blob: 01bd695c09f3f891e83777565772ccf8e2a164cb [file] [log] [blame]
Name Strings
Colin Sharp
Jeff Leger
Chuck Smith, Qualcomm (chucks 'at'
Maurice Ribble, Qualcomm (mribble 'at'
Copyright Qualcomm 2009.
IP Status
Qualcomm Proprietary.
Last Modified Date: August 20, 2009
Revision: #1.6
OpenGL ES Extension #70
OpenGL ES 1.0 or higher is required.
This extension interacts with QCOM_write_only_rendering.
This extension is written based on the wording of the OpenGL ES 2.0
In the handheld graphics space, a typical challenge is achieving efficient
rendering performance given the different characteristics of the various
types of graphics memory. Some types of memory ("slow" memory) are less
expensive but have low bandwidth, higher latency, and/or higher power
consumption, while other types ("fast" memory) are more expensive but have
higher bandwidth, lower latency, and/or lower power consumption. In many
cases, it is more efficient for a graphics processing unit (GPU) to render
directly to fast memory, but at most common display resolutions it is not
practical for a device to contain enough fast memory to accommodate both the
full color and depth/stencil buffers (the frame buffer). In some devices,
this problem can be addressed by providing both types of memory; a large
amount of slow memory that is sufficient to store the entire frame buffer,
and a small, dedicated amount of fast memory that allows the GPU to render
with optimal performance. The challenge lies in finding a way for the GPU
to render to fast memory when it is not large enough to contain the actual
frame buffer.
One approach to solving this problem is to design the GPU and/or driver
using a tiled rendering architecture. With this approach the render target
is subdivided into a number of individual tiles, which are sized to fit
within the available amount of fast memory. Under normal operation, the
entire scene will be rendered to each individual tile using a multi-pass
technique, in which primitives that lie entirely outside of the tile being
rendered are trivially discarded. After each tile has been rendered, its
contents are saved out to the actual frame buffer in slow memory (a process
referred to as the "resolve"). The resolve introduces significant overhead,
both for the CPU and the GPU. However, even with this additional overhead,
rendering using this method is usually more efficient than rendering
directly to slow memory.
This extension allows the application to specify a rectangular tile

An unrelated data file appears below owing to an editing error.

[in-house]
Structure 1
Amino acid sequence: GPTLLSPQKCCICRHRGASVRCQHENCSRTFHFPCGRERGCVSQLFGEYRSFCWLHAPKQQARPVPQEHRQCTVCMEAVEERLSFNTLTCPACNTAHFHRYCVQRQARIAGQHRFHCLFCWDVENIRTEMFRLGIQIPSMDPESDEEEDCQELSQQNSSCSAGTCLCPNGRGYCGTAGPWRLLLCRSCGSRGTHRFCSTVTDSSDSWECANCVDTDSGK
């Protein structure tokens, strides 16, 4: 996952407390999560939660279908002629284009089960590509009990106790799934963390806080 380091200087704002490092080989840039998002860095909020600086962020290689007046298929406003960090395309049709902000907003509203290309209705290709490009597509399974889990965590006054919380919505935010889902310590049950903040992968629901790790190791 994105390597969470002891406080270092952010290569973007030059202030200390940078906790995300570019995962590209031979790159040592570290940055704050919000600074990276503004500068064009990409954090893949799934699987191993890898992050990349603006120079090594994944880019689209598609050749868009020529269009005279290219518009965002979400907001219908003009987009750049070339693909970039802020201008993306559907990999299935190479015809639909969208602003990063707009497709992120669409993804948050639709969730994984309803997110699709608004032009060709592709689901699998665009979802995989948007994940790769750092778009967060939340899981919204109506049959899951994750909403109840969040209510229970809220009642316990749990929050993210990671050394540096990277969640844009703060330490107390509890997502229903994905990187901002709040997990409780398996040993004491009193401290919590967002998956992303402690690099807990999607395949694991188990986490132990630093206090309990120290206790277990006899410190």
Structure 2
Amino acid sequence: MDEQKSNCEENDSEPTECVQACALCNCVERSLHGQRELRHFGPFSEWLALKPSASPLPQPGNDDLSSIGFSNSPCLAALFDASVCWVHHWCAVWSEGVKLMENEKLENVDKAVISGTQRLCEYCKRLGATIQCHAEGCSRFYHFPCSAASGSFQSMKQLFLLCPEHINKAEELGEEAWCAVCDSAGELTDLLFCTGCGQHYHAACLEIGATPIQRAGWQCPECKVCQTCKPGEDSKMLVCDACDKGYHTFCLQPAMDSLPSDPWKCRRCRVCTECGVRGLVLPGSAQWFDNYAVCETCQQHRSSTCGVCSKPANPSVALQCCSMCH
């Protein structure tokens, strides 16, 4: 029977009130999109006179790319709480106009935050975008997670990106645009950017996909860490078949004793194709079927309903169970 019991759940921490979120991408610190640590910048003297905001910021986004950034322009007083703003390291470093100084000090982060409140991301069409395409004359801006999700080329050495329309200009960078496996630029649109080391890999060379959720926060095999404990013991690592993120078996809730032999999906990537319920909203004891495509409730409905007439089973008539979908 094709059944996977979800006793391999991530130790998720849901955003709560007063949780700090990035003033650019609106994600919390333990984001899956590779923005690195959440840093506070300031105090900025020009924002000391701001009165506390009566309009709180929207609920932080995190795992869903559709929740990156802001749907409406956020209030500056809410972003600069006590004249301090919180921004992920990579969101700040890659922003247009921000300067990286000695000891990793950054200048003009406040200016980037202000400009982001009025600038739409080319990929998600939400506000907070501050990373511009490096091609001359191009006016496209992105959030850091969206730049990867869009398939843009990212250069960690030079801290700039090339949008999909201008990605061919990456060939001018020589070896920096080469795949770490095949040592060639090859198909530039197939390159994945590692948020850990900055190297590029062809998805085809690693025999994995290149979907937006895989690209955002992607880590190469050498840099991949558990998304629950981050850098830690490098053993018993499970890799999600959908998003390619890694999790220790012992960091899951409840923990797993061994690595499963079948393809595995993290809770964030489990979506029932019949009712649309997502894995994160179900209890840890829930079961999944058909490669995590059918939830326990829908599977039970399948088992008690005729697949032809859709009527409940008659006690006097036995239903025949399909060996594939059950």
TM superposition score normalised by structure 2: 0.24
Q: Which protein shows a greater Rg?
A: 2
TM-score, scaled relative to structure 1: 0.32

rendering area and have full control over the resolves for that area. The
information given to the driver through this API can be used to perform
various optimizations in the driver and hardware. One example optimization
is being able to reduce the size or number of the resolves. Another
optimization might be to reduce the number of passes needed in the tiling
approach mentioned above. Even traditional rendering GPUs that don't use
tiles may benefit from this extension depending on their implemention of
certain common GPU operations.
One typical use case could involve an application only rendering to select
portions of the render target using this technique (which shall be referred
to as "application tiling"), leaving all other portions of the render target
untouched. Therefore, in order to preserve the contents of the untouched
portions of the render target, the application must request an EGL (or other
context management API) configuration with a non-destructive swap. A
destructive swap may only be used safely if the application renders to the
entire area of the render target during each frame (otherwise the contents
of the untouched portions of the frame buffer will be undefined).
Additionally, care must be taken to avoid the cost of mixing rendering with
and without application tiling within a single frame. Rendering without
application tiling ("normal" rendering) is most efficient when all of the
rendering for the entire scene can be encompassed within a single resolve.
If any portions of the scene are rendered prior to that resolve (such as via
a prior resolve, or via application tiling), then that resolve becomes much
more heavyweight. When this occurs, prior to rendering each tile the fast
memory must be populated with the existing contents of the frame buffer
region corresponding to that tile. This operation can double the cost of
resolves, so it is recommended that applications avoid mixing application
tiling and normal rendering within a single frame. If both rendering